Saturday night, the 2011 World Series resumes in Arlington, Texas where the St. Louis Cardinals and the Texas Rangers will battle to break the series 1-1 tie after the teams split the first two games at Busch Stadium.
The word “pivotal” gets thrown around a lot during playoff series in all sports. For instance, Game 2 of this World Series was pivotal because a 2-0 series lead for the Cardinals would look immensely different than the current 1-1 deadlock the series is at now. Similarly, Game 4 on Sunday will be pivotal because one team will be looking to take a 3-1 advantage while the other tries desperately to keep that from happening. Pivotal games tend to be tense, and the most mundane mistake—like botching a throw/cut-off from the outfield, allowing the runner to take an extra base—can turn into a game changer, if not a series changer.
But Game 3 of this series may have a bit more tempered feel to it, for a number of reasons. And it is these reasons that the Cardinals should take to heart so they can shake off the disappointing Game 2 loss and play loose and easy baseball.
First, the winner of the game earns a modest 2-1 lead in the series. Better than being down 1-2? Certainly. But two wins in a best of seven series is far from insurmountable. Toss around all the historical stats you like about “When the series is tied 1-1, the winner of Game 3 goes on to blah blah blah…” Numbers like that are borderline meaningless. Maybe a slight psychological tilt can be felt when a team loses the series lead or tie, but in reality the leading team is only halfway home. And if you believe your team can’t win three games before the other team wins two, you probably don’t belong in the World Series to begin with.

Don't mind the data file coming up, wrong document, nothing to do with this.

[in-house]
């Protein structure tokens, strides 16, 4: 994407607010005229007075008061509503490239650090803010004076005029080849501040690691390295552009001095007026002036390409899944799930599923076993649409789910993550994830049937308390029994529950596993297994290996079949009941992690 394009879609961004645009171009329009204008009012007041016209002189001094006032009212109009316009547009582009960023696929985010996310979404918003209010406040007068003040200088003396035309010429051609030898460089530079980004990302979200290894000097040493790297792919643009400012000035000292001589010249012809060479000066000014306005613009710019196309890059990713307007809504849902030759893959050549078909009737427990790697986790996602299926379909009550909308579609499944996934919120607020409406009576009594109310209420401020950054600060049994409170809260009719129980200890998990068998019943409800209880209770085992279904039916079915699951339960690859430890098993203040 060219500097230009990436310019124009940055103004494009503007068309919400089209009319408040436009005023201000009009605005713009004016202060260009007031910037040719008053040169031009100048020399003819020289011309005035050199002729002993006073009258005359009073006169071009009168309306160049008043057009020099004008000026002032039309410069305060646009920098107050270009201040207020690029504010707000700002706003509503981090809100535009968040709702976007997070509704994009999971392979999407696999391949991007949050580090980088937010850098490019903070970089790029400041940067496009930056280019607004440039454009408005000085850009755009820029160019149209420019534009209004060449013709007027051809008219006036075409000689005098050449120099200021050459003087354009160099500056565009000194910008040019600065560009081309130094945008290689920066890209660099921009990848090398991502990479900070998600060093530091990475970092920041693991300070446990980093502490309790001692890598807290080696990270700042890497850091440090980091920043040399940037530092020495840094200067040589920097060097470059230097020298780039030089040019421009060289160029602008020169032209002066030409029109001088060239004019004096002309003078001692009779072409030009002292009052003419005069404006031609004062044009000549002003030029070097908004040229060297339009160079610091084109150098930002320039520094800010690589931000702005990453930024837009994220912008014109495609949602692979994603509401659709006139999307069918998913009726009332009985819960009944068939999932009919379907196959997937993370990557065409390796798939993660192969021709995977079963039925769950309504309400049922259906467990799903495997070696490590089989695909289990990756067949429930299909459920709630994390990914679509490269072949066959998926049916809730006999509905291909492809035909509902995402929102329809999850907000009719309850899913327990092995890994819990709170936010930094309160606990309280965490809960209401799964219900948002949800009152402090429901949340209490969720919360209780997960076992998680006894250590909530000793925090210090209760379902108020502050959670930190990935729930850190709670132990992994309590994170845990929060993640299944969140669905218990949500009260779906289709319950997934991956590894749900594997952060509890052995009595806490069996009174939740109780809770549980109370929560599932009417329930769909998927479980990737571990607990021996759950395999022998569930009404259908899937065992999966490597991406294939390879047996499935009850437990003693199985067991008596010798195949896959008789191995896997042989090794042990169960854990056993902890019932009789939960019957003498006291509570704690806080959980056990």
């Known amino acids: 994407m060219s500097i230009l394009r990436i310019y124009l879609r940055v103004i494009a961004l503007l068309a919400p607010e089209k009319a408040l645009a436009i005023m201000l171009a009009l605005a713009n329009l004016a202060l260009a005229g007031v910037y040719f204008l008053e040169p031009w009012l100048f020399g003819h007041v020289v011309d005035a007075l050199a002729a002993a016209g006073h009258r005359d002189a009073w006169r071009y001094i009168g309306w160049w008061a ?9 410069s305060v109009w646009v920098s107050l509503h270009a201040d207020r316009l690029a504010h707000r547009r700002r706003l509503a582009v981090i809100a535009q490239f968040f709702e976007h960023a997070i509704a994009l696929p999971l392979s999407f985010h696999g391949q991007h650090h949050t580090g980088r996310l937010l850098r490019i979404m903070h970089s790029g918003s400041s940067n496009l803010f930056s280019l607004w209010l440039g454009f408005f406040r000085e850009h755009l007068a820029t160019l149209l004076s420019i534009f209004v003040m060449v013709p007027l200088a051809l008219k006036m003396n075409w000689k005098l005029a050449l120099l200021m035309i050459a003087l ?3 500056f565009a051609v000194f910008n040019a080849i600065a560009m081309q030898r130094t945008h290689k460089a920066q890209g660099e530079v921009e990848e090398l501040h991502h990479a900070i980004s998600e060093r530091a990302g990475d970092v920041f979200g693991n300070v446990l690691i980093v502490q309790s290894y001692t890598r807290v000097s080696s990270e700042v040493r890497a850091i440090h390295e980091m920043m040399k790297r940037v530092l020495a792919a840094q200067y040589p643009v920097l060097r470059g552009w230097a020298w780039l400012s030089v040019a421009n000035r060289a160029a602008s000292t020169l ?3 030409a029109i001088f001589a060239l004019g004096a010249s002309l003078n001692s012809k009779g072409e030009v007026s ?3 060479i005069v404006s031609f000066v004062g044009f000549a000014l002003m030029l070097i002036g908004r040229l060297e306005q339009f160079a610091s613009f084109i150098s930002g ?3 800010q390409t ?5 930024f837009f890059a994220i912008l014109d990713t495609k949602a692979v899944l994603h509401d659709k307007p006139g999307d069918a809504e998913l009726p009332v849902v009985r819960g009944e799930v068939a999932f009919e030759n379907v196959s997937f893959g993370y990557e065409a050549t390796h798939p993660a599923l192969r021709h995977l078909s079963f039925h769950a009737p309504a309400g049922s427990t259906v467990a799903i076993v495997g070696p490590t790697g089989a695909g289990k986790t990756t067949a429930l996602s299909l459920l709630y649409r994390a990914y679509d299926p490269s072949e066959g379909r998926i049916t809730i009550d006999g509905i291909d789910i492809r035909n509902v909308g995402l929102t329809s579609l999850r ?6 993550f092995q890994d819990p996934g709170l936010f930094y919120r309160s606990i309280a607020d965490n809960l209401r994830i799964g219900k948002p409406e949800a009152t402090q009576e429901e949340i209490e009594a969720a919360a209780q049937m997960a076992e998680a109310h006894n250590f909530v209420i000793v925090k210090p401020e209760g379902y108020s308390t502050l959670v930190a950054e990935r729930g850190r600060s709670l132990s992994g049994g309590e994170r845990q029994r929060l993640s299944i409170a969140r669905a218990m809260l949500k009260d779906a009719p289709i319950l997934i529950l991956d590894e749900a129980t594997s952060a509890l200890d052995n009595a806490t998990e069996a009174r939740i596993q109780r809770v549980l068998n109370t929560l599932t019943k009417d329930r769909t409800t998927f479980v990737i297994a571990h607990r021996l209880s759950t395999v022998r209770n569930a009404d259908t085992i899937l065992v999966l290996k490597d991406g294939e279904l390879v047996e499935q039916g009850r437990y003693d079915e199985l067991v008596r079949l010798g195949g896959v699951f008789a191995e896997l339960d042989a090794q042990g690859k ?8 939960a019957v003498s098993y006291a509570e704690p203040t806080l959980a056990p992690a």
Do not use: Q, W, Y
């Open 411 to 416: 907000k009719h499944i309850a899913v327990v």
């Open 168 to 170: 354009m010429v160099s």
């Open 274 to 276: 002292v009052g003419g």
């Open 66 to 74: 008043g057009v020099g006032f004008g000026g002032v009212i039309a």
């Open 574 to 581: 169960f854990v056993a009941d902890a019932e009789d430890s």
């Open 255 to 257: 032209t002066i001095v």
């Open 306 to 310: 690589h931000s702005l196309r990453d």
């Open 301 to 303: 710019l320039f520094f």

Second, everyone is bound to be a little more relaxed going into Saturday anyway. The Cardinals and Rangers defied pretty much all logic by locking horns in two pitchers’ duels in unseasonably cool October weather. These two teams had the top batting averages in their respective leagues during the regular season, and had guys like Albert Pujols and David Freese and Nelson Cruz and Adrian Beltre tearing things up throughout the first two rounds of the playoffs. Yet so far in this World Series, each team has scored a total of four runs. But that may change in Arlington, where the weather will be warmer, the winds will be swirling, and the park plays a little more favoritism toward the hitters than Busch Stadium.
Finally, any “feeling-out period,” whether real or perceived, is long gone by now. These teams have no surprises for each other. It seems the only thing that hasn’t already happened in this series is a slug-fest game, and it’s not like either team would shy away from that. In fact, it’s possible all the games at Rangers Ballpark could be mini-Home Run Derbies. And if both sides are knocking the ball around, the games become toss-ups really.
Make no mistake about it: A 2-1 lead in the World Series is a great thing to have. But Game 3 is far from a must-win for either side. And since the Cardinals are the team that lost the last game in heartbreaking fashion, they’ll be the team most looking to re-gain momentum. Still, it wouldn’t be the end of the world if they lost Saturday. It would just make Sunday more of a must-win game.